Tempers frayed across social media after a photograph of a dress went viral (see the full picture below), polarising people into two camps: those who see it as white and gold versus those who see it as blue and black.
What is going on?
The dress in question (or just #TheDress on Twitter) was originally posted to Tumblr, and soon became a topic of hot debate, with Twitter users weighing in to offer their view on the dress's colour. The debate was fuelled further by the intervention of a number of high-profile celebrities:
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Why are people seeing it differently?
"I’ve studied individual differences in colour vision for 30 years, and this is one of the biggest individual differences I’ve ever seen," Jay Neitz, a colour-vision researcher at the University of Washington in Seattle, told Wired.
According to Neitz, the way we perceive colour changes over the course of our lifetime. People are more sensitive to blue light when they are younger and less when they get older, which he believes could explain why younger internet users report seeing a blue and black dress while older ones see gold and white.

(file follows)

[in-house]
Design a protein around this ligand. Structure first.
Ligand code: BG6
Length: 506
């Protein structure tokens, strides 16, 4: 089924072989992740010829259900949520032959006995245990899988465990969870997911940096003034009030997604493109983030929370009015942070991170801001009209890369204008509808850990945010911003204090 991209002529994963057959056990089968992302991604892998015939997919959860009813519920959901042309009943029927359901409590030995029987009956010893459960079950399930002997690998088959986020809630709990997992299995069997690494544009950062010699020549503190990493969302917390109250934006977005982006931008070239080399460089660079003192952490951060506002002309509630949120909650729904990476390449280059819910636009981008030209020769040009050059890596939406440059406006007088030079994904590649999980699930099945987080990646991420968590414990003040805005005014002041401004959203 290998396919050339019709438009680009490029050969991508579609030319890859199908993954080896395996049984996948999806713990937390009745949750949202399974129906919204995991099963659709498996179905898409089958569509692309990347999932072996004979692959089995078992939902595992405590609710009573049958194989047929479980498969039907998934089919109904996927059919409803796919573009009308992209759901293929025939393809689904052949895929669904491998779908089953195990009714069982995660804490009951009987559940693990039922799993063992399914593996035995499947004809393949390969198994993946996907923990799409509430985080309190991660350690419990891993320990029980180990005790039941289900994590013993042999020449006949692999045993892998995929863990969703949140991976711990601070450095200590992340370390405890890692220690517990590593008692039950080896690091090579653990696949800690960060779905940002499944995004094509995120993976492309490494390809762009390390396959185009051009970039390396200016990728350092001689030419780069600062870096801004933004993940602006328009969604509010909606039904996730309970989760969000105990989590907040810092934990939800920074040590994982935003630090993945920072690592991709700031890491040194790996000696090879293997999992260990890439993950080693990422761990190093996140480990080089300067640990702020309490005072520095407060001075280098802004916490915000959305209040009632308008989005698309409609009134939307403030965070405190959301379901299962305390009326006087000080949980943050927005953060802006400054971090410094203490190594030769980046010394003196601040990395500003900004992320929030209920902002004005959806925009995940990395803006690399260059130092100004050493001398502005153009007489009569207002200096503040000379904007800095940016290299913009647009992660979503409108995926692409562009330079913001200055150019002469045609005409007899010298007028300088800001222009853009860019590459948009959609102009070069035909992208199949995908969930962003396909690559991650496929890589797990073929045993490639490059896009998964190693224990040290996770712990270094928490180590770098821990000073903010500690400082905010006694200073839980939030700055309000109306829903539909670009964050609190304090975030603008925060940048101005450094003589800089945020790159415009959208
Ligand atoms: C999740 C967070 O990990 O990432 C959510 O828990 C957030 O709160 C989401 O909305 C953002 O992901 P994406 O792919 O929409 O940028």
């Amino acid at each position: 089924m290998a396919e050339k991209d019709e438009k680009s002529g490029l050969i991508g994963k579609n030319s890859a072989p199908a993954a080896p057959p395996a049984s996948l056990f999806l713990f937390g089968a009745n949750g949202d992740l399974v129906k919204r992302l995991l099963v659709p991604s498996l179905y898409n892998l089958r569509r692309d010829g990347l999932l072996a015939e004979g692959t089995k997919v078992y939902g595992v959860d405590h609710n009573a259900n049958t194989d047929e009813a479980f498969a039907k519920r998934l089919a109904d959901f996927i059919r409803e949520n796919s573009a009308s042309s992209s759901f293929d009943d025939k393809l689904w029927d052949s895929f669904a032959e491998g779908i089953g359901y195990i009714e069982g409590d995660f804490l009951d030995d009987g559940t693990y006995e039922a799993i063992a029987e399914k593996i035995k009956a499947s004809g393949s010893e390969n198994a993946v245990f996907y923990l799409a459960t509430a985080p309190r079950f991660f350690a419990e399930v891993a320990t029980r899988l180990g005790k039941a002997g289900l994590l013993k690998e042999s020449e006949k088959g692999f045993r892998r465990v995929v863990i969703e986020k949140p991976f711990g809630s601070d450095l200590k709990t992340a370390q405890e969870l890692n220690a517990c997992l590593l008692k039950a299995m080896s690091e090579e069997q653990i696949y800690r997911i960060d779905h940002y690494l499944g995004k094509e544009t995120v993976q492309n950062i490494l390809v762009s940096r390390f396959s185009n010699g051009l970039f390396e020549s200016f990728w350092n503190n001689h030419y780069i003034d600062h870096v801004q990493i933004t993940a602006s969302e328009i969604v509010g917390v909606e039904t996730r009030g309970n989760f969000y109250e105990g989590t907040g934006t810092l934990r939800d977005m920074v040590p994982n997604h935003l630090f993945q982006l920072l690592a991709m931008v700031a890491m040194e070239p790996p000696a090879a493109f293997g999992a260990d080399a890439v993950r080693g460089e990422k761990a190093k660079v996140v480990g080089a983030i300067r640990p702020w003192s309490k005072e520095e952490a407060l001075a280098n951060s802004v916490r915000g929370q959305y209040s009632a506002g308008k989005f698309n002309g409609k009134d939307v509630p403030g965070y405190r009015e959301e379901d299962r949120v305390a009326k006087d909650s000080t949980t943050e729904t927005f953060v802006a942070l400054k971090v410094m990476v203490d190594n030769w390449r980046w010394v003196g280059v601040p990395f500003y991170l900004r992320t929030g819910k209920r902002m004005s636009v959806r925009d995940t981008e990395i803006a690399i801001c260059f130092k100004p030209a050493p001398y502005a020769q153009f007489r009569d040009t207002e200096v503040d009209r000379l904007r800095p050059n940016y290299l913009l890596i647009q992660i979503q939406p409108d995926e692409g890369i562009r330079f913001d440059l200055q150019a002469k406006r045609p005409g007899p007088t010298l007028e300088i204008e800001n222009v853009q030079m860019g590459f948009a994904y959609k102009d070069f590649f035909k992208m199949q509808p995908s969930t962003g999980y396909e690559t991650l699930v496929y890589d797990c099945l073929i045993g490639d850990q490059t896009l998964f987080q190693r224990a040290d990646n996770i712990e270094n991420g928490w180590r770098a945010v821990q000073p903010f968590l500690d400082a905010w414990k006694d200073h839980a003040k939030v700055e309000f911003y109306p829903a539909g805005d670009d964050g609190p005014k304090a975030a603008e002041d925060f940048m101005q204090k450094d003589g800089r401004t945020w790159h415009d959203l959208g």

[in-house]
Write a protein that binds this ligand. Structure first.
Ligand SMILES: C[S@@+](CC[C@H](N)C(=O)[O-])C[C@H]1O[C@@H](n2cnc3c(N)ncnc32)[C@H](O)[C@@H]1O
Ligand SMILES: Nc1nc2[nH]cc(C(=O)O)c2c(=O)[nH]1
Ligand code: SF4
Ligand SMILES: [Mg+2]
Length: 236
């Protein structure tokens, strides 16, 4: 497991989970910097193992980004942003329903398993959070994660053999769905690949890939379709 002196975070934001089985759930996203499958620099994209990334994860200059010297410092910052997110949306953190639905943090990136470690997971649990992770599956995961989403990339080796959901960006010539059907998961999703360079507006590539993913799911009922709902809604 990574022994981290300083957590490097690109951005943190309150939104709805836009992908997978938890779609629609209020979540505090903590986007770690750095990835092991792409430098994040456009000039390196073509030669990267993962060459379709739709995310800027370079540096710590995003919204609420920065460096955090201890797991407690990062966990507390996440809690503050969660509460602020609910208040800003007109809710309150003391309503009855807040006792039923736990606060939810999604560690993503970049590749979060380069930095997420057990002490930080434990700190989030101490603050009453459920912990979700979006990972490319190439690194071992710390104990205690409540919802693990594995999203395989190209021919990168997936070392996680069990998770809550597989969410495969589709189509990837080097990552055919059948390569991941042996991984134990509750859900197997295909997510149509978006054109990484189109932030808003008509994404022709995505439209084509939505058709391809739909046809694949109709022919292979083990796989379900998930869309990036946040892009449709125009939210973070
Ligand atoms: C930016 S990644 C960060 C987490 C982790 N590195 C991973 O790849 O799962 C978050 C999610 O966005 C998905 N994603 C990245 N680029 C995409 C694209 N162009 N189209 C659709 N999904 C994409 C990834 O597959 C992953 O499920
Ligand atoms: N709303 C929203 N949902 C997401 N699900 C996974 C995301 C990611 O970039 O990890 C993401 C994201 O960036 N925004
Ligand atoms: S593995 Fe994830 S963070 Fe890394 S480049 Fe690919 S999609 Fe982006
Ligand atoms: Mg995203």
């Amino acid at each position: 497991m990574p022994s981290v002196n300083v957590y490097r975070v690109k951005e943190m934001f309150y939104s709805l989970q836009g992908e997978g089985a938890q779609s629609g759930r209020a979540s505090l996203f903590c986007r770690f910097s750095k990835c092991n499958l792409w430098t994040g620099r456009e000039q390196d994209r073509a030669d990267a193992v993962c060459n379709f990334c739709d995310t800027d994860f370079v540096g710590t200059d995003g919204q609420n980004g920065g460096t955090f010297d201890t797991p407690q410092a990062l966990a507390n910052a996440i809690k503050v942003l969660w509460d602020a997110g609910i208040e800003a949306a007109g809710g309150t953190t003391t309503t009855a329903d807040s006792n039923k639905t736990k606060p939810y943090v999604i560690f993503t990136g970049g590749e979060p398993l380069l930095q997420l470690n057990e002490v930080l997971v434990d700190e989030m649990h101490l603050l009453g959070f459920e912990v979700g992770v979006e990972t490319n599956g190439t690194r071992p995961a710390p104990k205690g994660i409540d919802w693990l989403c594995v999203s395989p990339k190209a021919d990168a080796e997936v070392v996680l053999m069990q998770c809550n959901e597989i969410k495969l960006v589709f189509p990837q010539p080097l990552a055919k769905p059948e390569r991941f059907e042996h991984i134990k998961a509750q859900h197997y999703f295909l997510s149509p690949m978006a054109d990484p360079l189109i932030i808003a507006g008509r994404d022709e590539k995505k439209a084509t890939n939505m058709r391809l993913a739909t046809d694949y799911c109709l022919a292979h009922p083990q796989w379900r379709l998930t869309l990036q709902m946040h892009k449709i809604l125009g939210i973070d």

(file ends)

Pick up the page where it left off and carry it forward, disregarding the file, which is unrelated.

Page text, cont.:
However, a quick look through social media reveals that the division between camps is not solely based on age.
Is there another explanation?
Wired subjected the image to further analysis, pulling out the key colours with Photoshop and testing where they sit on the Red Green Blue (RGB) spectrum. The results brought back results that were relatively inconclusive – a range of soft grey blues and orange browns.
According to Bevil Conway, a neuroscientist who studies colour and vision at Wellesley College, Massachusetts, the way humans perceive colours is contextual. This means that any of the colours taken in isolation from the dress and viewed against a black background will appear completely differently from how they will if viewed against a white background.
Science Daily suggested that the way the dress appears in the photo is impacted by the quality of the light in the room where the picture was taken.
"The wavelength composition of the light reflected from an object changes considerably in different conditions of illumination. Nevertheless, the colour of the object remains the same," writes Science Daily.
In effect, this means that the fact the photo was taken in lighting conditions with a blue hue may cause the blues in the dress to reflect a white colour. This could suggest that if the dress is in fact blue and black, it is simply appearing white and gold for some viewers.
Maybe there is no answer?
"Anyone who has ever worked in colour management knows that a digital image is subject to many variables, including screen brightness and contrast, colour calibration and ICC profile [the type of properties in a colour space, according to International Color Consortium standards], the type of screen material and its corresponding lighting method, as well as the ambient light present,” Matthew Sexton, an experienced web designer told Time.
"If you’re viewing it on a screen … it's both!"
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